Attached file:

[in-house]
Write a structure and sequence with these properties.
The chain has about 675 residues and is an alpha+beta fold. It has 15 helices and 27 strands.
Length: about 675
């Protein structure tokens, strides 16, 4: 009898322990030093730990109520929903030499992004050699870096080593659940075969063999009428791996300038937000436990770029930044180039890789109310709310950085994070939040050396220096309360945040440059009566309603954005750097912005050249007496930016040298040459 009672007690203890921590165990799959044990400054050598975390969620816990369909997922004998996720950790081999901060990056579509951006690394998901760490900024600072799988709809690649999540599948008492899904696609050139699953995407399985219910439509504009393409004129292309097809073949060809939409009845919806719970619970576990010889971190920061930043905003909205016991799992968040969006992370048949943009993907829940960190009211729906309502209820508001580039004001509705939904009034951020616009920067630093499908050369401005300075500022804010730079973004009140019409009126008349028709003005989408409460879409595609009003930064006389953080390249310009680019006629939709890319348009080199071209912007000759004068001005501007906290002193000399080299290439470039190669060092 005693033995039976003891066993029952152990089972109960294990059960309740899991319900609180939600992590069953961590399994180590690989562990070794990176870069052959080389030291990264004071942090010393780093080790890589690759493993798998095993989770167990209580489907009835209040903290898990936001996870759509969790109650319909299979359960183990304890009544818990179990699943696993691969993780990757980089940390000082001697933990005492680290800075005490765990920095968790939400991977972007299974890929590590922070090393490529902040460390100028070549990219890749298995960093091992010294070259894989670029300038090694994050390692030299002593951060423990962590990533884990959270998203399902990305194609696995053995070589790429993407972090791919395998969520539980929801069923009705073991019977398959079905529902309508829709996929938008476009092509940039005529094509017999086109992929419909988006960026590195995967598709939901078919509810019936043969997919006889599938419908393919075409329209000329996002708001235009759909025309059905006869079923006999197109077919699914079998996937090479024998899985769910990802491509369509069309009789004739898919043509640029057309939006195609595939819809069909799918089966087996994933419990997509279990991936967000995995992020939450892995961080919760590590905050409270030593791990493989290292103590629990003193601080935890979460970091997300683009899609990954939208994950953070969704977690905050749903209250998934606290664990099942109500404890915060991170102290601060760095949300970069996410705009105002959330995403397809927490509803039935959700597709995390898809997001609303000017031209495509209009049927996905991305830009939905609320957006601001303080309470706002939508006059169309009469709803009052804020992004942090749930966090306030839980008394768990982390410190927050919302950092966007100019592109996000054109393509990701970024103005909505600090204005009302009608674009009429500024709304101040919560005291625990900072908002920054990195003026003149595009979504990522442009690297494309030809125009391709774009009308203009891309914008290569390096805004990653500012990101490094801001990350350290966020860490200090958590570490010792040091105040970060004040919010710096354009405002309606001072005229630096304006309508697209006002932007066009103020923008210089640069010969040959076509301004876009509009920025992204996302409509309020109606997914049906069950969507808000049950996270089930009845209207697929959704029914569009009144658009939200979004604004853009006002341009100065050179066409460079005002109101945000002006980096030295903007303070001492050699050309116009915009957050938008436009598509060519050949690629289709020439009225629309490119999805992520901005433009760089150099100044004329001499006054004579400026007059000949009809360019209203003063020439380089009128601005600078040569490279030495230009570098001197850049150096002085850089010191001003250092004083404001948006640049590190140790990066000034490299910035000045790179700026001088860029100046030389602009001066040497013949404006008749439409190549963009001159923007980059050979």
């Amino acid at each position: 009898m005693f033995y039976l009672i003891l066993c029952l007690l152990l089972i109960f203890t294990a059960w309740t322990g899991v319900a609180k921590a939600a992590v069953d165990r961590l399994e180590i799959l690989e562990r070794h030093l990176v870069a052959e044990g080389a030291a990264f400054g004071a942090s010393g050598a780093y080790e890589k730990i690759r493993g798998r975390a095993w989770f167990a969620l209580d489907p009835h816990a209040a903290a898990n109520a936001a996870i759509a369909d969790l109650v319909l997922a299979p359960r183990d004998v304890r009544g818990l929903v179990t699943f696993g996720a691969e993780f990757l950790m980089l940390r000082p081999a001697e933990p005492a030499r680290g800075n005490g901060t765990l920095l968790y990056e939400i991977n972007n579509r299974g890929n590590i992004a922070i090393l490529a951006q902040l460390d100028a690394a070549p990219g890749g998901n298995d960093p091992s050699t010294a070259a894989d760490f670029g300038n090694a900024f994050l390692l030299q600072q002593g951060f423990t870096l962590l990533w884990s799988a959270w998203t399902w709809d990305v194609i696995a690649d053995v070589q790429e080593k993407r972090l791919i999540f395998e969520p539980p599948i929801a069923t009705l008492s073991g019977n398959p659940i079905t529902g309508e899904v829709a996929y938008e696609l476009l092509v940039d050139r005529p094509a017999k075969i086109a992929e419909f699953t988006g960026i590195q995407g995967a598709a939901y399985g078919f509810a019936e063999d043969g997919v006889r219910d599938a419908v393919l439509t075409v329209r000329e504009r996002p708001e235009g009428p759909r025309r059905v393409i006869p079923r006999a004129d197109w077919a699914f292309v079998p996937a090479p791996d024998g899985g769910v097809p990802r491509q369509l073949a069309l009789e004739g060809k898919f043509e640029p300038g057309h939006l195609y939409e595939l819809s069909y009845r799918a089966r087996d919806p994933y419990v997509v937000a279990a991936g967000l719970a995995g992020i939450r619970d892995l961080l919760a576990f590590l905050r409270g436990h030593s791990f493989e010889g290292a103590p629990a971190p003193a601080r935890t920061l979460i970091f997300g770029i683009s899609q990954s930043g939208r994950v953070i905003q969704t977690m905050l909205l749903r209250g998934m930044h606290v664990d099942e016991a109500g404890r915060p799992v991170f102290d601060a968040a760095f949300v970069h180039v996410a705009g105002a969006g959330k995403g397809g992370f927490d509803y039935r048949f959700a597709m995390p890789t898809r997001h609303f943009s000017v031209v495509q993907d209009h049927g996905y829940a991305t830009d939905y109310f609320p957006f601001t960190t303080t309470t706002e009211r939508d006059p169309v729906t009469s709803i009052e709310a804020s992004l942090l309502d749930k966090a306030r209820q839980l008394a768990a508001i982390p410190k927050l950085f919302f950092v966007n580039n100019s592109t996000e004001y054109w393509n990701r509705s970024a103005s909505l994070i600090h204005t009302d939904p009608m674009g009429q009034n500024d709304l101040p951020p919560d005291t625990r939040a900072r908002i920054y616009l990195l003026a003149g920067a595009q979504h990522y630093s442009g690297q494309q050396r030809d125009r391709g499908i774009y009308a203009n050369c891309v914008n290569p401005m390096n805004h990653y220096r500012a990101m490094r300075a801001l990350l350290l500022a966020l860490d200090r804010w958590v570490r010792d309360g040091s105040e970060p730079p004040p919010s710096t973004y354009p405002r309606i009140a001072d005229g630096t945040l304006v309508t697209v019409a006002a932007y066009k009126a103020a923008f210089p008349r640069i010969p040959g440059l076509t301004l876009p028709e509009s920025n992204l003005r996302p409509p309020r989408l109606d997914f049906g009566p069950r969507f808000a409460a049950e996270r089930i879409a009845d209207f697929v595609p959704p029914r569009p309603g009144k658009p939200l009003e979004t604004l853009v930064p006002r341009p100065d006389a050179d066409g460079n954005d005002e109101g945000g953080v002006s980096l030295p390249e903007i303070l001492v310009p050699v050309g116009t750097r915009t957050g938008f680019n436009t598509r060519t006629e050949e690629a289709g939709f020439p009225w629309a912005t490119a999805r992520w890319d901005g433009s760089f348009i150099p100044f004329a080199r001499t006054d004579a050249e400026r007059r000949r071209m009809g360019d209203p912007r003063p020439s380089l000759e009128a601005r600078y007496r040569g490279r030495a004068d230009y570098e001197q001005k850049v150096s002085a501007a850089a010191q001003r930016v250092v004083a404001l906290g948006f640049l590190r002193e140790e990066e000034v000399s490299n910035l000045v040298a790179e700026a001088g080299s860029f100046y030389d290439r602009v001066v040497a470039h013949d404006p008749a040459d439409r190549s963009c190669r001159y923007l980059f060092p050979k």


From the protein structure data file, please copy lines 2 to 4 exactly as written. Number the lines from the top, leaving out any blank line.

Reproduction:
Write a structure and sequence with these properties.
The chain has about 675 residues and is an alpha+beta fold. It has 15 helices and 27 strands.
Length: about 675